Nor does the Tor-narrative fit the other narratives. If the Hugos had recently become more leftwing and Tor was somehow to blame, then Tor would be winning more Best Novel awards in recent years. Of course, the other name that connects Tor, the SFWA and Puppy angst is John Scalzi and the particular and very personal animosity both Puppy campaigns have for him. That man himself is a very agreeable person who repeatedly tried to find compromise and understanding only seems to have added fuel to the fire.

“For its first three yeas, Sad Puppies performed the vital public service of wising normies up to the convergence of legacy sci fi publishing. In a way, it prefigured what #GamerGate did in the video game scene. But like pretty much every dissident online movement since, SP quickly devolved into petty territorial bickering. When its original founder was replaced by people who still want a pat on the head from oldpub, SP became just another bogeyman in the Left’s morality play.”

GamerGate is a kind of Schrödinger’s cat in Puppy rhetoric. The essential rule is this: Puppy supporter can imply that the two campaigns are connected but if critics of the Puppy campaigns do so then it is a terrible slander. Brian Niemeier is very much in favour of the misogynist Gamergate campaign, which given his overt support for male-only cultural spaces is not a surprise.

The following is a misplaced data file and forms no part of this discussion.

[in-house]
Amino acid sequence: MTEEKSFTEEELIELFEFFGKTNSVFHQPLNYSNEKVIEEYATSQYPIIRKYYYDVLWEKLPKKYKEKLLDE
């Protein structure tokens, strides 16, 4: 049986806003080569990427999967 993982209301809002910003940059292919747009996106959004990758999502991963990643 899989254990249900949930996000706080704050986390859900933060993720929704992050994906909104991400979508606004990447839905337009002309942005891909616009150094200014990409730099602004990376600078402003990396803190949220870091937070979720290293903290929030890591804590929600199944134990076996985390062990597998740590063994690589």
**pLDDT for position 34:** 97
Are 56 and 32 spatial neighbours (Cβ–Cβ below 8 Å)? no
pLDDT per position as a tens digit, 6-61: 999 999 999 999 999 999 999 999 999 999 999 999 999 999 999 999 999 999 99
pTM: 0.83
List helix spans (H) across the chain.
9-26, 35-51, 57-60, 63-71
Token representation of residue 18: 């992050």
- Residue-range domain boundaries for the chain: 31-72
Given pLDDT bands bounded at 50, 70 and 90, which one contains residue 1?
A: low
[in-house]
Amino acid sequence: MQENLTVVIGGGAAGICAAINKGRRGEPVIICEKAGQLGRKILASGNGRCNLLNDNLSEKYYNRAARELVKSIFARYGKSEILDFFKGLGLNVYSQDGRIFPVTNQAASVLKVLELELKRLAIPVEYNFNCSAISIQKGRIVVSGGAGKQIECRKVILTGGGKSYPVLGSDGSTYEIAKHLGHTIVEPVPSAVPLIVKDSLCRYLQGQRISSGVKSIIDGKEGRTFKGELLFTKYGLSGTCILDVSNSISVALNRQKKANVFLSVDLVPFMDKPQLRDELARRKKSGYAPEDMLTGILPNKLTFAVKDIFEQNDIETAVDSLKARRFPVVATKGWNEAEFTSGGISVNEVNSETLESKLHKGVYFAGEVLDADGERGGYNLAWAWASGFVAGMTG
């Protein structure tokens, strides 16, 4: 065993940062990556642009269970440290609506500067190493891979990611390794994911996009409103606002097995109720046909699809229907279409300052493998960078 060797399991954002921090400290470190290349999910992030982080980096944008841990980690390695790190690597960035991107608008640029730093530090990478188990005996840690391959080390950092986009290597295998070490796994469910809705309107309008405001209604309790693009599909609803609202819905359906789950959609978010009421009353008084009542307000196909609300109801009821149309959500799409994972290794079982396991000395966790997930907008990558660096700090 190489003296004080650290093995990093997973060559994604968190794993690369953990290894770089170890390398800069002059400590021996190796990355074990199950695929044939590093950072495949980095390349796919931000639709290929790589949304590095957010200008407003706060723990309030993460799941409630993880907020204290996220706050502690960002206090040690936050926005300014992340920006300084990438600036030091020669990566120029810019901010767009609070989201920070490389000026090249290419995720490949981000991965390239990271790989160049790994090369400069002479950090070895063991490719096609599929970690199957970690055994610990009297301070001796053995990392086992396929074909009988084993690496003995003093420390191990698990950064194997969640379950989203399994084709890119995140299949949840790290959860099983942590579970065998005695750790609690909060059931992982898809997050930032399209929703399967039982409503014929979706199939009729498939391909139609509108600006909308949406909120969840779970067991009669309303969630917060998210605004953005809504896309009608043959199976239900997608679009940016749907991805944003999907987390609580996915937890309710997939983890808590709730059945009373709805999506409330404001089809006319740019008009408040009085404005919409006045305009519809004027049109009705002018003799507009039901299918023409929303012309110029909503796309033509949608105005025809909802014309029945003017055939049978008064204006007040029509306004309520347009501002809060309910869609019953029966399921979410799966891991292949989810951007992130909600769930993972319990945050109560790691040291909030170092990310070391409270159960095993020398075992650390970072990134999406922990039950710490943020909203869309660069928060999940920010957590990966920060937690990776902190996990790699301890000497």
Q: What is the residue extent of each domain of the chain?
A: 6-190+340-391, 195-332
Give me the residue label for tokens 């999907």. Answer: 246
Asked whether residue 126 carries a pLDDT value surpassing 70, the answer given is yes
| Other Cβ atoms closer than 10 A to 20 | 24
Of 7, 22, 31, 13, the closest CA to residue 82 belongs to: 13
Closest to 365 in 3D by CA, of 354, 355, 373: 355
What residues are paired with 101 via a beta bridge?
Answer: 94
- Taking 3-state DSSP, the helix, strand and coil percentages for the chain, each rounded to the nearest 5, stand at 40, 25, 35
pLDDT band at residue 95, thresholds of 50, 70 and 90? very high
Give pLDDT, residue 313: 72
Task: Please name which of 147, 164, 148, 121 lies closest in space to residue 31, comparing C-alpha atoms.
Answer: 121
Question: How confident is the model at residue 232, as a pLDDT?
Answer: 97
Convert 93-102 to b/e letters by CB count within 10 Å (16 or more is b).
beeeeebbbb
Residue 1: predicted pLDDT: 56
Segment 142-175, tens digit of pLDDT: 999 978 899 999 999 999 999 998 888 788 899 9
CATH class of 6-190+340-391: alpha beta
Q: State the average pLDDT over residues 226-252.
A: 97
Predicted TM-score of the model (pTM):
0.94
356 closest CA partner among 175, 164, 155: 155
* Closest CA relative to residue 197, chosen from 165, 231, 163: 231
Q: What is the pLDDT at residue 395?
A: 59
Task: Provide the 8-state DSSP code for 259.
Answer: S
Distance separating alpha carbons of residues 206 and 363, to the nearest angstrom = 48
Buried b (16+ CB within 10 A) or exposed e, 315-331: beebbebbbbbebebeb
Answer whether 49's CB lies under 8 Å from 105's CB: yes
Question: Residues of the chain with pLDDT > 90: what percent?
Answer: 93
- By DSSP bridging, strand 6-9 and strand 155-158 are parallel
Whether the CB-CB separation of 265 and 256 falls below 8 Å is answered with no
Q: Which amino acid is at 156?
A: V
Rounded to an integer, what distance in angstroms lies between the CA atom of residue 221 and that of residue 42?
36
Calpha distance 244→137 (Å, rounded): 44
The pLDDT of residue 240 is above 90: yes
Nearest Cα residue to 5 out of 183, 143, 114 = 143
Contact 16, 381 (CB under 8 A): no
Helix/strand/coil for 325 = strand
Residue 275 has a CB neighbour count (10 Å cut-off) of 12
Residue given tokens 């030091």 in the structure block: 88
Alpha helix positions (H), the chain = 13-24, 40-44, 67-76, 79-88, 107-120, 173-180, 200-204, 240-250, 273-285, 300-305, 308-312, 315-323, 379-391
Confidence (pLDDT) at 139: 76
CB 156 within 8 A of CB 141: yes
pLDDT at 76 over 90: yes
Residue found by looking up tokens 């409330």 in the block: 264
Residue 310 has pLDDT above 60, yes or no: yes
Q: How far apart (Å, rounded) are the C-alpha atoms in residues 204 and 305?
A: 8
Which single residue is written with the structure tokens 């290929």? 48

The digs in the paragraph above look like they are aimed at both Brad Torgersen and Sarah Hoyt but I assume the thrust of it is aimed at Hoyt. Quite how we can sort Correia, Torgersen and Hoyt into more or less connected to “oldpub” is unclear. Hoyt has been published traditionally and independently. Of the three she is closer to the post-traditional publishing model.

The indie versus ‘oldpup’ narrative is hard to maintain for the Sad Puppy conflict as a whole. Attempting to apply to the internal shifts of Puppy leadership is absurd to the point of incoherence. Nor did Sad Puppies descend into territorial bickering except in the sense that the bickering was always there. The argument Niemeier references was not until the non-appearance of Sad Puppies 5, when Declan Finn attempt to make some book recommendations using the ‘Sad Puppy’ name, generating an angry reaction from Sarah Hoyt (see ). This was in 2017 by which point Sad Puppies had long since become irrelevant to the Hugo Awards.

“As mentioned above, Dragon Con now hosts the Dragon Awards. The Dragons boast far larger and much more open participation than the Hugos, and after rebuffing an SJW takeover attempt, they’ve largely settled into an antipodal role as readers’ choice awards for fans of a certain SFF publisher.”